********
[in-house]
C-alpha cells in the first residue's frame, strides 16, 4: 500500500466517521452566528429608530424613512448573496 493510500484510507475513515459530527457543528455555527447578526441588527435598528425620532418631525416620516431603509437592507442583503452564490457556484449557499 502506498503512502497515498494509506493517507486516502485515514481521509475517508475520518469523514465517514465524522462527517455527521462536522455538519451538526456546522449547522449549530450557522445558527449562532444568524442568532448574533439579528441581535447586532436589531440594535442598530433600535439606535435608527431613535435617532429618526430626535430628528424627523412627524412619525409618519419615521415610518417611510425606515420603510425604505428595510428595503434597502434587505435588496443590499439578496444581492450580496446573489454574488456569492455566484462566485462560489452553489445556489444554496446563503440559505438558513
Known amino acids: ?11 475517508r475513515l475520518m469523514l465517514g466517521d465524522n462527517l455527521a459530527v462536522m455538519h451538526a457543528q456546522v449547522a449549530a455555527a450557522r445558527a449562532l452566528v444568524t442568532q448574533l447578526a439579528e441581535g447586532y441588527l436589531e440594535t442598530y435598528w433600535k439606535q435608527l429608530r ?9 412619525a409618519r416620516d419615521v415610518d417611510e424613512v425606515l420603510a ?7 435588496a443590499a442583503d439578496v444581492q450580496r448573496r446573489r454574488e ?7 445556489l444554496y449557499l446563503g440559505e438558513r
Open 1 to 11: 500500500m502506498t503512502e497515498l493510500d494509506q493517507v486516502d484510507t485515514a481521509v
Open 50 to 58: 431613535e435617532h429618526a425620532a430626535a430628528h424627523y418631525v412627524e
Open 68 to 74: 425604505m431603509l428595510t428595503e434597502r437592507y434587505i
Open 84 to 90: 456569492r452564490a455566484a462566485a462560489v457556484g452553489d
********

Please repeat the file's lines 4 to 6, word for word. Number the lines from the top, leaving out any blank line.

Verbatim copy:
Open 1 to 11: 500500500m502506498t503512502e497515498l493510500d494509506q493517507v486516502d484510507t485515514a481521509v
Open 50 to 58: 431613535e435617532h429618526a425620532a430626535a430628528h424627523y418631525v412627524e
Open 68 to 74: 425604505m431603509l428595510t428595503e434597502r437592507y434587505i